BLISS FEST 2009 - at English Landing Park in Parkville, MO - Saturday, July 25th - from NOON to 7pm

RSVP in Facebook!

The 2nd Annual
Conscious Lifestyle Celebration

July 25, Noon - 7pm
English Landing Park
Parkville, MO 64152

Tickets $5 Gate (no advance purchase necessary)
Kids Under 12 FREE

If you already have a green ticket, it is now worth 2 for 1 entry or exchange for raffle tickets.

Come and Join us for a
full day of...

Music ~ Entertainment ~ Food ~ Dynamic Speakers
and more!!

Live Music
Kansas City's HOTTEST band!
and Miss Conception
Emcee: Mike George

Tim VanOrden
Angela Stokes
Matt Monarch
Kat Bowie
Penni Shelton
Jane Van Benthusen

Yoga Pavillion

Food Demos by Dotty
featuring raw cuisine by
Frederic Patenaud
Ronnie & Minh

Lemons in the Kitchen
Green Street Goods
Sonrisa Salon & Day Spa
Whole Foods
GreenAcres Market
Nature's Pantry
The Uptown Theater
The Raw Food World Super Store
Gratitude KC
Kangen Water
Healing Touch & Rhythmic Medicine
Radiant Health Chiropractic
Earthwise Center For Sustainable Life Skills
Colon Care Center
Juice Plus
Living Greens
Mystic Tonics
Face Painting Paradise
Perfect Water
and many more!
Updates happen daily, hard to keep up here...

Kids Tent!

Farmer's Market

Main Street Parkville Association:
Evolving Magazine:
Sonrisa Salon & Day Spa:
GreenAcres Market:
Nature's Pantry:
Whole Foods Market:
The Uptown Theater
Miller's Nursery
Urban Tree Specialists
Gratitude KC
Frederic Patenaud, DVD Series:
Ronnie & Minh, DVD:


Bring a lawn chair, yoga mat or blanket.

Tickets $5
Under 12 FREE

Become part of the Bliss EVOLUTION!

Interested Vendors Contact:

RSVP in Facebook!

Charles Ferruzza speaks at KCMO Central Library - Sunday July 19th - 2pm

Dining in Kansas City: From the Depression to the Recession

Date and time of event: 07/19/2009 - 2:00pm
Location: Central Library

Kansas City's culinary style has been a matter of discussion since Sarah Coates, wife of mover-and-shaker Kersey Coates, complained about the food in the 1850s. But restaurant life in Missouri's raucous Cowtown didn't really begin to boom until the 1930s, during the Great Depression. During the economic highs and lows of the next seven decades, there have always been good places to dine in Kansas City, including legendary venues such as the Forum Cafeteria, Bretton's, Eddy's, Putsch's 210, and the Savoy Grill.

Charles Ferruzza leads a discussion of how dining tastes and culture have changed since the 1930s on Sunday, July 19, at 2 p.m. at the Central Library, 14 W. 10th St.

Ferruzza has served as the restaurant critic for The Pitch since 2000. He has been nominated for a prestigious James Beard Award, and his writing has appeared in The Best Food Writing anthology for 2007 and 2008. He has appeared regularly on The Walt Bodine Show for more than two decades and hosts Anything Goes on KKFI 90.1 FM.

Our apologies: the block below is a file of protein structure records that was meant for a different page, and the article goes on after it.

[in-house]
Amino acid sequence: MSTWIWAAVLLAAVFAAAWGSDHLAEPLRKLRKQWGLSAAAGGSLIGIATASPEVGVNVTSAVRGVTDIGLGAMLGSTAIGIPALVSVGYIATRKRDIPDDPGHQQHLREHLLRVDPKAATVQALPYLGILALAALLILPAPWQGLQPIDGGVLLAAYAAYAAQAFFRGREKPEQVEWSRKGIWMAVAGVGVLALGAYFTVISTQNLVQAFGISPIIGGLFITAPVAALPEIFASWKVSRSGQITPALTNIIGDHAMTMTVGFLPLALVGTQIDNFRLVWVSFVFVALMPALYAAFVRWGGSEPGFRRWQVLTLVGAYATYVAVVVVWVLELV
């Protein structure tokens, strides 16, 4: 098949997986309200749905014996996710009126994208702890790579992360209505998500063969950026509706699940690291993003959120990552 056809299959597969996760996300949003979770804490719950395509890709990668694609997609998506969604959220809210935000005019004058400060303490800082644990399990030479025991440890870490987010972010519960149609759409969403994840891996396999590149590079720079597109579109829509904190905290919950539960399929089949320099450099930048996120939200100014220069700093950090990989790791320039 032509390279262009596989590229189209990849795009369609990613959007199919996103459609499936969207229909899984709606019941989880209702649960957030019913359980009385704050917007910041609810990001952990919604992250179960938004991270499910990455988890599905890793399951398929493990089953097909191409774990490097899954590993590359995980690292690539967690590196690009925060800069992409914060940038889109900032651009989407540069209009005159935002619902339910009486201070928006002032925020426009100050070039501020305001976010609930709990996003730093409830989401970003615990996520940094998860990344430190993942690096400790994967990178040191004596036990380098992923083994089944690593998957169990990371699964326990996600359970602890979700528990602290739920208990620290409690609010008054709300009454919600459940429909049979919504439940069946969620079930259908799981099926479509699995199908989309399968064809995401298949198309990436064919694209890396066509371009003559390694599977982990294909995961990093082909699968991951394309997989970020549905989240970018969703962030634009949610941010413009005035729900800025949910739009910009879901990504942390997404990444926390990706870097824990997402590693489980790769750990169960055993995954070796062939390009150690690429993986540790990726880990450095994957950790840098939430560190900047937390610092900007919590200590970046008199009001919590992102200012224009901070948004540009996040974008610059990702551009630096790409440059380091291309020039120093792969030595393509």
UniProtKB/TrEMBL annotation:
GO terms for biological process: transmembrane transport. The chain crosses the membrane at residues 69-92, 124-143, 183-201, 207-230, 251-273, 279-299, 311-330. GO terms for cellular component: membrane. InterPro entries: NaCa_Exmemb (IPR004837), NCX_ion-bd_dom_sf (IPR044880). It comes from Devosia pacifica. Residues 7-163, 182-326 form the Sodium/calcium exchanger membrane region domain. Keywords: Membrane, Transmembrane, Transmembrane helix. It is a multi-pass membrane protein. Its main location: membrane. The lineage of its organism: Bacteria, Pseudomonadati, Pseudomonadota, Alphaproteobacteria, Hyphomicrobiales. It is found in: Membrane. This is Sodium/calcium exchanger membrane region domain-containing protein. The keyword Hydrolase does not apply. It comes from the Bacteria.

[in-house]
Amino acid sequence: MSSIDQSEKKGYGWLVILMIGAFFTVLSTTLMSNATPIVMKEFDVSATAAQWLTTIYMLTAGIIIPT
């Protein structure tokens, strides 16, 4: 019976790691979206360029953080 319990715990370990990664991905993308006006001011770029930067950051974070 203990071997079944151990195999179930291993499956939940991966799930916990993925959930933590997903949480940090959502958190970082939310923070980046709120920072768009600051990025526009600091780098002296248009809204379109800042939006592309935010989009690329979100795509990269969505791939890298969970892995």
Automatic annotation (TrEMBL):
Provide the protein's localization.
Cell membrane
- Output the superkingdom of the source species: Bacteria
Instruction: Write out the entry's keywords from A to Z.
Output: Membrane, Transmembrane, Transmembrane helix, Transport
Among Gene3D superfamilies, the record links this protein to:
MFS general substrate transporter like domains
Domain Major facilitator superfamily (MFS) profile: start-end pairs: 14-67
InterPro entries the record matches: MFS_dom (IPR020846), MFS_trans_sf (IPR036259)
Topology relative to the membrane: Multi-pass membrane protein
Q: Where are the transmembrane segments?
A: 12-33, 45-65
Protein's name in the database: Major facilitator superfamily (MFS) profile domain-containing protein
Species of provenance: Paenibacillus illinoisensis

This presentation is part of the Missouri Valley Speakers Series, a program of the Missouri Valley Special Collections at the Central Library. The series is made possible by a grant from the National Endowment for the Humanities.

Admission is free. Click here or call 816.701.3407 to RSVP. Free parking is available in the Library District Parking Garage located at 10th and Baltimore.


Troostwood Youth Garden Market - FRIDAYS & SATURDAYS - 5142 Paseo (KCMO)

Basic Info

5142 Paseo, Kansas City, Missouri 64110

Friday nights, 5 pm to 8pm
Saturdays, 8 am to 2 pm

May 15 thru late October

Organically grown vegetables and produce grown sustainably by neighborhood youth - a member of JJ Farms - one of a number of farmers' markets featured by the Kansas City Food Circle.

Contact Info

Kansas City, MO

Growing a healthy neighborhood

Troostwood Garden started as an activity for kids

Jul. 09, 2009

Justin Burrell picks Swiss chard at Troostwood Gardens. The cob shed is behind him. (Rich Heffern)

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“When it’s hot, Mr. John and I work with cabbage leaves on our heads,” teenager Justin Burrell told me, then reached down, plucked one and wore it to show what his unique fashion statement looked like.

Justin is a 19-year-old gardener with Troostwood Youth Garden in the urban core of Kansas City, Mo. “Mr. John” is his mentor, John Kaiahua, who has farmed for over 20 years selling his produce in a community-supported agriculture (CSA) subscription-buying project.

Justin works at the inner-city garden with other neighborhood youth, hoeing weeds, digging up potatoes, planting and picking all kinds of produce, from mustard greens to beets, radishes to eggplants. Under Kaiahua’s guidance, they start work in January, planting seedlings in the greenhouse, and finish up in November when the last green tomatoes are rescued from the month’s hard freezes.

If you stop by the corner of 52nd and Paseo on a Saturday morning in the summer, Justin or his sister Jessica will sell you produce at the market located near the half-acre garden.

Gardening is a labor of love, but it’s also a way of creating healthy neighborhoods, according to Troostwood’s founder, Ericka Wright, who is Justin Burrell’s aunt. Wright is not your typical farmer.

Disabled from muscular dystrophy, Wright gets around the garden that borders the family’s two-story house in a motorized scooter. Her family started Troostwood Garden on their property as an activity for neighborhood youth. The area was a haven for petty crimes like vandalism and other activities of bored teens, Wright said. Not far away there was a brutal drive-by shooting. A neighbor was arrested for a road rage murder.

“I don’t know if it will turn a good profit as much as it will make better neighbors.” Wright said. No fences surround the garden yet it has never been vandalized or plundered. “The neighbor kids get the word out. They all police the garden because all of them have worked in it at one time or another.”

She pays the neighborhood kids with money earned at the market and from grants, one from the Catholic Campaign for Human Development.

“Most of our kids live with an auntie, grandparent or a single parent. The stipend helps keep the kids from feeling embarrassed around their friends, which can lead to stealing or worse,” Wright said. “Kids also learn so much working here; it’s a good supplement to their cookie-cutter education, learning where food comes from, how good it tastes when it’s freshly picked. They experience firsthand the rewards of hard work. Young males work all day with older males; girls spend quality time with their grandmothers.”